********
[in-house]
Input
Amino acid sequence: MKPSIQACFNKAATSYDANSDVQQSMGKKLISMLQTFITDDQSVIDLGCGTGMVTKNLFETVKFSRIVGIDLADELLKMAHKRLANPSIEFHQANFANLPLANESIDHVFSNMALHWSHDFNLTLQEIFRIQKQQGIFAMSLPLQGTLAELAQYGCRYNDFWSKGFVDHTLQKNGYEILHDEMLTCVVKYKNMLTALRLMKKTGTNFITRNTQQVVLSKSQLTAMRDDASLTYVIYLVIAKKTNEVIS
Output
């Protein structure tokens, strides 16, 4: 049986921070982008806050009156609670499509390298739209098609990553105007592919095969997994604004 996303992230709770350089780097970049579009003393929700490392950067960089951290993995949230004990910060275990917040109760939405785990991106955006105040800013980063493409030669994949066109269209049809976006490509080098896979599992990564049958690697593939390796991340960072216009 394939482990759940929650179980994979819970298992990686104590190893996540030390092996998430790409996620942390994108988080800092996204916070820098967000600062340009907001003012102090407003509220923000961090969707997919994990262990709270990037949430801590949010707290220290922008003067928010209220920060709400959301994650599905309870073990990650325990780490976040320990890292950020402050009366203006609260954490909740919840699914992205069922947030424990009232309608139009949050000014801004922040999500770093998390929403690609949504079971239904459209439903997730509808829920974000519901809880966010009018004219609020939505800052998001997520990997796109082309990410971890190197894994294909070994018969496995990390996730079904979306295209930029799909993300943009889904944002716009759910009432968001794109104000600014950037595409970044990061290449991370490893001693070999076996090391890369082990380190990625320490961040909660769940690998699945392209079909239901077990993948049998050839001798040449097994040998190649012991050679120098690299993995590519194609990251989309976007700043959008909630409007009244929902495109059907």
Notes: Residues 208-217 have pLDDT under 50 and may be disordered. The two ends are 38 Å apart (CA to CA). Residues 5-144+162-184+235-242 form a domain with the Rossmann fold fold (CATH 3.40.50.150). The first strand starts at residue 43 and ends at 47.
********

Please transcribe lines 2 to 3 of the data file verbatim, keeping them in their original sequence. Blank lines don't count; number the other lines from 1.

Input
Amino acid sequence: MKPSIQACFNKAATSYDANSDVQQSMGKKLISMLQTFITDDQSVIDLGCGTGMVTKNLFETVKFSRIVGIDLADELLKMAHKRLANPSIEFHQANFANLPLANESIDHVFSNMALHWSHDFNLTLQEIFRIQKQQGIFAMSLPLQGTLAELAQYGCRYNDFWSKGFVDHTLQKNGYEILHDEMLTCVVKYKNMLTALRLMKKTGTNFITRNTQQVVLSKSQLTAMRDDASLTYVIYLVIAKKTNEVIS